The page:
selectively removing the target from the biological sample by removing the transfer surface and the adhered target from the biological sample, or by moving the target through the transfer surface.
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27. A method of dissection of targeted cellular material from a tissue specimen, comprising:
providing a tissue specimen and a selectively activatable transfer surface separate from the tissue specimen, the transfer surface upon activation having adhesive characteristics to the tissue specimen;
providing in the tissue specimen a reagent that localizes specifically at the targeted cellular material and which is capable of activating the transfer surface, wherein the reagent changes the targeted cellular material such that the targeted cellular material is capable of being selectively heated, and the transfer surface is activatable by heat from the target to adhere the target to the transfer surface;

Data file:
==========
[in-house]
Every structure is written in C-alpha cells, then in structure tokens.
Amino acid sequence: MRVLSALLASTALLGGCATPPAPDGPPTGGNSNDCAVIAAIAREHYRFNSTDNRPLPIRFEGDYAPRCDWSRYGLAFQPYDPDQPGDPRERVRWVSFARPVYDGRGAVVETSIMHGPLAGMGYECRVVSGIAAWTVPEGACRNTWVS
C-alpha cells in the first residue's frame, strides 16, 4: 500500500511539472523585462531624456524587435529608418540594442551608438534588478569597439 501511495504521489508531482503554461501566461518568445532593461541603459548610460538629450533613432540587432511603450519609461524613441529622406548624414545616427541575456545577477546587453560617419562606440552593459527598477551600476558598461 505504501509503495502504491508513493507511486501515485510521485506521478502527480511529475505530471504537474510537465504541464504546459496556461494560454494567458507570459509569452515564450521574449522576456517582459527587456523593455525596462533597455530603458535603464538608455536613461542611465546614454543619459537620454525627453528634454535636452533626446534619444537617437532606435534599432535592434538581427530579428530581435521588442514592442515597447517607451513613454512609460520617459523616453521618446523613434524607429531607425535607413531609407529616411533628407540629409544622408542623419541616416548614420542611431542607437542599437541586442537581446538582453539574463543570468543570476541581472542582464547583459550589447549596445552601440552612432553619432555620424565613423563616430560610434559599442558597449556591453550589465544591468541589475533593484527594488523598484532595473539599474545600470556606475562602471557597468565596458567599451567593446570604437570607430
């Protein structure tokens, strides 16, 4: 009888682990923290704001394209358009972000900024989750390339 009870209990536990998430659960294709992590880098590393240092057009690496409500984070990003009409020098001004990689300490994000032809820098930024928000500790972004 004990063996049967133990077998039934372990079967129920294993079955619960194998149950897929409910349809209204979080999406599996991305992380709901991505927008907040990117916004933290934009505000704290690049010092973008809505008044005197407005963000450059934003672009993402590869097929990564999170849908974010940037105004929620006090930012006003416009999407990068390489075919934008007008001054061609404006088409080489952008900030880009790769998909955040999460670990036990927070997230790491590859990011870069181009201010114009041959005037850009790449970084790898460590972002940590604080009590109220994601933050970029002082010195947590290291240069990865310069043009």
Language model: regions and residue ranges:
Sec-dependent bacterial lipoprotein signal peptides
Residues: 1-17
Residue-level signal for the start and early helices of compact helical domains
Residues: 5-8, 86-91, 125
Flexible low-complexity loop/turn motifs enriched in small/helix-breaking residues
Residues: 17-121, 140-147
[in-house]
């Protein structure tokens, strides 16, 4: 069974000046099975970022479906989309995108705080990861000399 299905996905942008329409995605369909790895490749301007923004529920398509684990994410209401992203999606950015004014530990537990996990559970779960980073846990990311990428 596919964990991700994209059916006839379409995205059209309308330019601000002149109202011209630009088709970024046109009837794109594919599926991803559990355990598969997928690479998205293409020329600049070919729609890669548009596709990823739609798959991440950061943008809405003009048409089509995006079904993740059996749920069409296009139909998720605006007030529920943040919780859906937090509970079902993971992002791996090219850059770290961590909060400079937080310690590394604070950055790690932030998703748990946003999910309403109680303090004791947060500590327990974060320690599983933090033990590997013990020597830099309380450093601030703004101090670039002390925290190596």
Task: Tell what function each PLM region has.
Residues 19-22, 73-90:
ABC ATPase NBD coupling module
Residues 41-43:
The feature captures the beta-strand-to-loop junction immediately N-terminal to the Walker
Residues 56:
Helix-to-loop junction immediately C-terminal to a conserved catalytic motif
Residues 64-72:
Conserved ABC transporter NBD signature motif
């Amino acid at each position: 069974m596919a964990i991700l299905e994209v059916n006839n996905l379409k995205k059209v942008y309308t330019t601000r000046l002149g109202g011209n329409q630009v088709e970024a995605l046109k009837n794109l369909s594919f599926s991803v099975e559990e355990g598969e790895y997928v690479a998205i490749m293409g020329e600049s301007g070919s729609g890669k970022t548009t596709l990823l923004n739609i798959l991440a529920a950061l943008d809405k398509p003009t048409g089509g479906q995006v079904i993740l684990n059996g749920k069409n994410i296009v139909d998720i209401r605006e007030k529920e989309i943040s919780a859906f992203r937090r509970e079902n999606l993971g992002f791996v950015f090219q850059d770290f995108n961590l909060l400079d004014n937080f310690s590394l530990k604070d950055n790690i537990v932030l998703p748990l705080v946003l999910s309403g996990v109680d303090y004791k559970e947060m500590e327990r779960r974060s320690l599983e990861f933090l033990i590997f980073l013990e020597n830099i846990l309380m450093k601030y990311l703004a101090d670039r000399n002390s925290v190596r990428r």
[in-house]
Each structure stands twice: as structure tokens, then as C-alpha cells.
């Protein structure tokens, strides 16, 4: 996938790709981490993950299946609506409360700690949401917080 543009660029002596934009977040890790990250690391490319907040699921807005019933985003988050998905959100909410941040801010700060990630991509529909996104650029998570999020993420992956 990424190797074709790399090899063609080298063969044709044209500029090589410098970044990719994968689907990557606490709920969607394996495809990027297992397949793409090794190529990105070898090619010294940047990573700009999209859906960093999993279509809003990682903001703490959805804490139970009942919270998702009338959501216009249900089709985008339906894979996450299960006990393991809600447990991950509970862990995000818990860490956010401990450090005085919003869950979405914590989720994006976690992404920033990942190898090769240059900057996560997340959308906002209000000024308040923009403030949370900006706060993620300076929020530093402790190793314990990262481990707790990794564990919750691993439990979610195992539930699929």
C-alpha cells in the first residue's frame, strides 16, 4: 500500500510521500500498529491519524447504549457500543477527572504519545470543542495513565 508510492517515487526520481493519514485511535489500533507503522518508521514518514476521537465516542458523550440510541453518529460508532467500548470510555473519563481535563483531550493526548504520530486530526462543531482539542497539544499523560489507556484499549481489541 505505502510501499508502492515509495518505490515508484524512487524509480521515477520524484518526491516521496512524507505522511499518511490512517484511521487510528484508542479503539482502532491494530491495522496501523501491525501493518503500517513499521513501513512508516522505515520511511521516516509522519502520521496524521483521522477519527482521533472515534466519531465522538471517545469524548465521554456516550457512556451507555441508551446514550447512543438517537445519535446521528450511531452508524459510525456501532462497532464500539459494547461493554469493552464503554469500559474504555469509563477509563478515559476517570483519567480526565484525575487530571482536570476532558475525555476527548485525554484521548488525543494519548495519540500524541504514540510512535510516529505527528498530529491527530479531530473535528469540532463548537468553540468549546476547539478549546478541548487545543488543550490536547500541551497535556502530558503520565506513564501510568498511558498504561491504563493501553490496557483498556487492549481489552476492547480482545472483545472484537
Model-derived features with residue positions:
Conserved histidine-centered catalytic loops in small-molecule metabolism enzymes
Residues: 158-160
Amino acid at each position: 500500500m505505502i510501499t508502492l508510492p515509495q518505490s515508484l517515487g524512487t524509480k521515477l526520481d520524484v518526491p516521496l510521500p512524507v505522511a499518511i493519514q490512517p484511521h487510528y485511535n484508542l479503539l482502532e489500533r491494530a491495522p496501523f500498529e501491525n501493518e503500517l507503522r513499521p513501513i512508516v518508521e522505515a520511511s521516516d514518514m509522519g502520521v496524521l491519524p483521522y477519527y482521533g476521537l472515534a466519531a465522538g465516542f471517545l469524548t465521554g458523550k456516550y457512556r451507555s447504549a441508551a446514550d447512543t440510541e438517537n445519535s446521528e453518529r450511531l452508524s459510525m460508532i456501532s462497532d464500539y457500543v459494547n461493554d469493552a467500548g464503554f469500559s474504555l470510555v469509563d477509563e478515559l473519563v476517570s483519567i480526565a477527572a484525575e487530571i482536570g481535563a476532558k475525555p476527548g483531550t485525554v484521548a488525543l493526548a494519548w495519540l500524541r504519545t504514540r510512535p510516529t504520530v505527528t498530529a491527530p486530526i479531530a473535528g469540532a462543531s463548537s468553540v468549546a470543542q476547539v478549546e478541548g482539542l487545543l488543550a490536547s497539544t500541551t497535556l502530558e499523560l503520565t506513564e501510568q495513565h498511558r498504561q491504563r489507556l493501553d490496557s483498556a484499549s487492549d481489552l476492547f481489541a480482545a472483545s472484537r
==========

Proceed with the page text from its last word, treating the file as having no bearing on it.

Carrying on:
juxtaposing the tissue specimen and transfer surface, such that the reagent activates the transfer surface to adhere the transfer surface to the targeted cellular material; and
separating the transfer surface from the tissue specimen with the targeted cellular material adhered to the transfer surface.
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44. A method of removing a target from a biological sample, comprising:
contacting the biological sample with a reagent that selectively acts on the target within the biological sample;
placing a transfer surface adjacent the biological sample, wherein the transfer surface comprises a heat responsive surface and the reagent is capable of selectively altering a target temperature to heat the heat responsive surface and adhere the target to the transfer surface; and
selectively removing the target from the biological sample by removing the transfer surface and the adhered target from the biological sample.
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46. A method of removing a target from a biological sample, comprising: